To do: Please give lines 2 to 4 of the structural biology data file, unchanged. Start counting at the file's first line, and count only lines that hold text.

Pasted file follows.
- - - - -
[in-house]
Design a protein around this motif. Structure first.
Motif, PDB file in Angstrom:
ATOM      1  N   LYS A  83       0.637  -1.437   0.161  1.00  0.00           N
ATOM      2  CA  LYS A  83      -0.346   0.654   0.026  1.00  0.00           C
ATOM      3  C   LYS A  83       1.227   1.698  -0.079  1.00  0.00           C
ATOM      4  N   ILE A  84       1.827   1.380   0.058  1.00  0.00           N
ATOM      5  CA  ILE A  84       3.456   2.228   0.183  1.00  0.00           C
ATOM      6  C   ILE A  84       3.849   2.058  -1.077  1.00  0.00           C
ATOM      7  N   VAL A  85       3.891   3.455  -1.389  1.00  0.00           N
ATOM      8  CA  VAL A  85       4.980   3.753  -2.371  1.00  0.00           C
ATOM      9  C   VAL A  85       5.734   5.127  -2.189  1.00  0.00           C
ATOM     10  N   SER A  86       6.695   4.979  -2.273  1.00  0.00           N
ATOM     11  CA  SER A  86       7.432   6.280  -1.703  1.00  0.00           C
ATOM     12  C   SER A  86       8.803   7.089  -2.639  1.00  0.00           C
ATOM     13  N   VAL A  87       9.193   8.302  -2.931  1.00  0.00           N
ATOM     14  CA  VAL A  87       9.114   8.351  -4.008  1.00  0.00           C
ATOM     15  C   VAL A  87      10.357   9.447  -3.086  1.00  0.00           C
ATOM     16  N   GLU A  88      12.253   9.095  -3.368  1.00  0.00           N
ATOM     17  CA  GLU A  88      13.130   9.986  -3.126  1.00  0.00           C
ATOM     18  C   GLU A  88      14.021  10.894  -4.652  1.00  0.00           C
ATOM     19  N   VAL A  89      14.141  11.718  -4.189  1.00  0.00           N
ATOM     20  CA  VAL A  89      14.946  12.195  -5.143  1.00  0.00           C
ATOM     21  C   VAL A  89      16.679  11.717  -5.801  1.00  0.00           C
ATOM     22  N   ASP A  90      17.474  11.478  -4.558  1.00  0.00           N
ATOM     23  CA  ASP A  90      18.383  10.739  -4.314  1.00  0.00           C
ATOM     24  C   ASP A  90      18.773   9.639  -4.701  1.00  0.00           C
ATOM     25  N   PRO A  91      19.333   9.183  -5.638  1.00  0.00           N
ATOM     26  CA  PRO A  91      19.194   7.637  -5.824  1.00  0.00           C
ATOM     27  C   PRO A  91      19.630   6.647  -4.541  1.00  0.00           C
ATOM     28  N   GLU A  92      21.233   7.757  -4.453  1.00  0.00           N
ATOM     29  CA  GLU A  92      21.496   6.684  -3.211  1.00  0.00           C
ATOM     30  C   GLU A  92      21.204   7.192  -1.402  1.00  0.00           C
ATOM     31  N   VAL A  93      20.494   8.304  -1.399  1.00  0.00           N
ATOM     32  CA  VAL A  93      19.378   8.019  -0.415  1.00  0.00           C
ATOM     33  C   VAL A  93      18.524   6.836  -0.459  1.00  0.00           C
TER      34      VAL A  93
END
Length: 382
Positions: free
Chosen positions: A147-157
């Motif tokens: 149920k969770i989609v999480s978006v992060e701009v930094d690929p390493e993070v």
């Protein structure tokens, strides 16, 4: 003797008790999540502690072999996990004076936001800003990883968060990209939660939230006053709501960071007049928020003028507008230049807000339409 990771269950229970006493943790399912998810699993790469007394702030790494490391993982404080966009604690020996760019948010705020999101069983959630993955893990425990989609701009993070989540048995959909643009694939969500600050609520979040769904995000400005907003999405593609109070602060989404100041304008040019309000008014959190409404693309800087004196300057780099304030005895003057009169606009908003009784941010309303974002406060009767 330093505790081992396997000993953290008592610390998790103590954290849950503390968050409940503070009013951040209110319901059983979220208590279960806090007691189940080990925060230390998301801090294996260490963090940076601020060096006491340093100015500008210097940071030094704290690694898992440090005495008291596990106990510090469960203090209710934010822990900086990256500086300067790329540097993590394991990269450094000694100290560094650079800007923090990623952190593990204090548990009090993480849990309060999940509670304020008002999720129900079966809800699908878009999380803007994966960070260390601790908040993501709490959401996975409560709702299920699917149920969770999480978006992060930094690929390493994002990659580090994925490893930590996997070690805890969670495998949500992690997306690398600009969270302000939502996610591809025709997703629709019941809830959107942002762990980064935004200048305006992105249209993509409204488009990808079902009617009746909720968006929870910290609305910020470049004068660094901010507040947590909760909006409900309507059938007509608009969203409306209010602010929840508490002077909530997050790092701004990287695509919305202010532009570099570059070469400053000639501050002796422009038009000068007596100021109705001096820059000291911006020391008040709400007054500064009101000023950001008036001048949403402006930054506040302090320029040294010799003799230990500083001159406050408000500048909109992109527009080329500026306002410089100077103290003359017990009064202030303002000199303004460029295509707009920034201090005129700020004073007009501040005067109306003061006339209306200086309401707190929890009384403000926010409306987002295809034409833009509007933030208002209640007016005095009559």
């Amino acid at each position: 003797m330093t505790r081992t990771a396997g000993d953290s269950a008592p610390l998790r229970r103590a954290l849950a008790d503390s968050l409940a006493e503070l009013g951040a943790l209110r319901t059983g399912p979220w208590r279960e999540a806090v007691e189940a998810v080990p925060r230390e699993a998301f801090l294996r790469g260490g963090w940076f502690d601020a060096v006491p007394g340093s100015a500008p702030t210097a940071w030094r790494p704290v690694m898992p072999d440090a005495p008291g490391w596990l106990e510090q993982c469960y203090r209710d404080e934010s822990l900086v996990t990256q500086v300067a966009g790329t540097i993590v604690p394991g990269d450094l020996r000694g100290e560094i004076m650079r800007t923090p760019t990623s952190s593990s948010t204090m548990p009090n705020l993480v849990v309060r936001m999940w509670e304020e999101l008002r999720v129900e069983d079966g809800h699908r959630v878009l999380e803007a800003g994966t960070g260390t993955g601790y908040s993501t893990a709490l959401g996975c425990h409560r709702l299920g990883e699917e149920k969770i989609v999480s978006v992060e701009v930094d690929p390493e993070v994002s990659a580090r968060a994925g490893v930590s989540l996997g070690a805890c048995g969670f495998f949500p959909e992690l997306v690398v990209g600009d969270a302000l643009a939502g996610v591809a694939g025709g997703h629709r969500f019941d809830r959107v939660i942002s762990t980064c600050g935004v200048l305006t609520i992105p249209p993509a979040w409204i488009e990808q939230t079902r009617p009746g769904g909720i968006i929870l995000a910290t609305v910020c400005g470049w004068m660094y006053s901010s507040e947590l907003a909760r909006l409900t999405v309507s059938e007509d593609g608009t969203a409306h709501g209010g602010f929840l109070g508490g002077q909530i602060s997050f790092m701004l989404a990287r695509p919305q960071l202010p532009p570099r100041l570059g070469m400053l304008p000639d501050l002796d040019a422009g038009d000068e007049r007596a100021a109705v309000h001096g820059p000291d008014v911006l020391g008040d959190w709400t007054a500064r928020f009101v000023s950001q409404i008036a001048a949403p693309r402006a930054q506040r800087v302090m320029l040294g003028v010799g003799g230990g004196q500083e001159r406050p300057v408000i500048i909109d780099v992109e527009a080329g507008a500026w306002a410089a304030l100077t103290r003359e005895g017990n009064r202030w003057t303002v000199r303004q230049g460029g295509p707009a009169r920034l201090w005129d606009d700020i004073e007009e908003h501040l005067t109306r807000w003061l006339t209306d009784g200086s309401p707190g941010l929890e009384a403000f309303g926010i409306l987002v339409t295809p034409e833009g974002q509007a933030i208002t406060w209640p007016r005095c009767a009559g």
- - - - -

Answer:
Design a protein around this motif. Structure first.
Motif, PDB file in Angstrom:
ATOM      1  N   LYS A  83       0.637  -1.437   0.161  1.00  0.00           N